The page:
I wish I had known to meet him.

Alabama Barbecue and the “White Sauce” Anomaly

100_1583   It is often written that there is no indigenous “Alabama-style” of barbecue and it seems that circumstance may be a key to our abundance of options. Opinions about barbecue in Alabama – indeed, throughout the South – are as strong as those about football, religion, or politics. Everybody has a favorite place and favorite style and it is often based on tradition and habit as much as quality and taste.

I don’t put much stock into website rankings, but a 2014 online study by “Estately Blog,” using five statistical criteria for all fifty states, ranked Alabama as the most “Barbecue-Crazed State in America.” Among the criteria in which Alabama ranked highest are the overall percentage of restaurants devoted to barbecue (1st — 8.27% of all restaurants in the state are barbecue places according to this report) and number of barbecue restaurants per capita (3rd). I have seen previous reports that ranked Alabama as 1st in that “per capita” category also.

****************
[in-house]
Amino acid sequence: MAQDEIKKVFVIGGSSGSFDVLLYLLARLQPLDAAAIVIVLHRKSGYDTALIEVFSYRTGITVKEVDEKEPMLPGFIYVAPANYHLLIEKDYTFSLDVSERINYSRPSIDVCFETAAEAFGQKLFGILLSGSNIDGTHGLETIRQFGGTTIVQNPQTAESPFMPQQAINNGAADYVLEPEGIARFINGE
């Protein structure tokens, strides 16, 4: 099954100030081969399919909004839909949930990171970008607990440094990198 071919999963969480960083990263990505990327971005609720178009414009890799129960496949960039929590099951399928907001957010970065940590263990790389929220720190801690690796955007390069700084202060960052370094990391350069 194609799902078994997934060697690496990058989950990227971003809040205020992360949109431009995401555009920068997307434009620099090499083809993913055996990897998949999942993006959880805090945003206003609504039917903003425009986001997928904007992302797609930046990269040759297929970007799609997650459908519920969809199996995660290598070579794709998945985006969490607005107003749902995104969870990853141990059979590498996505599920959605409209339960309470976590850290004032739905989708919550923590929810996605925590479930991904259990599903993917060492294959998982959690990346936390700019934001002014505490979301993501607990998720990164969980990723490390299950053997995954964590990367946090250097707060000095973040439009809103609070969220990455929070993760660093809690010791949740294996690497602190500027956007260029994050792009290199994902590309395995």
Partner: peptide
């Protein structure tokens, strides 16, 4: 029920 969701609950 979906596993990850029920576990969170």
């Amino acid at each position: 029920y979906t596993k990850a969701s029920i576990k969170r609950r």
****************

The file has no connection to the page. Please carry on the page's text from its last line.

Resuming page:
With such an abundance to choose from, I long ago stopped taking the time to grill out or barbecue since there are so many better options from which to choose.

A few days ago, I saw another online article with the title “Are These the Most Iconic Restaurants in Every State?” I try to avoid those articles because it’s inevitable that they’ll annoy me; that’s the reason they’re there. But it was about food and I had to take a look. Before I opened the webpage I began to imagine the possibilities and the various ways to define “iconic” and wondered what might be the selection for Alabama. Candidates that immediately came to mind were Highlands Bar and Grill, the fine dining restaurant in Birmingham’s Five Points South; The Bright Star, the Bessemer institution for over a century; and Dreamland, the superior barbecue joint in Tuscaloosa.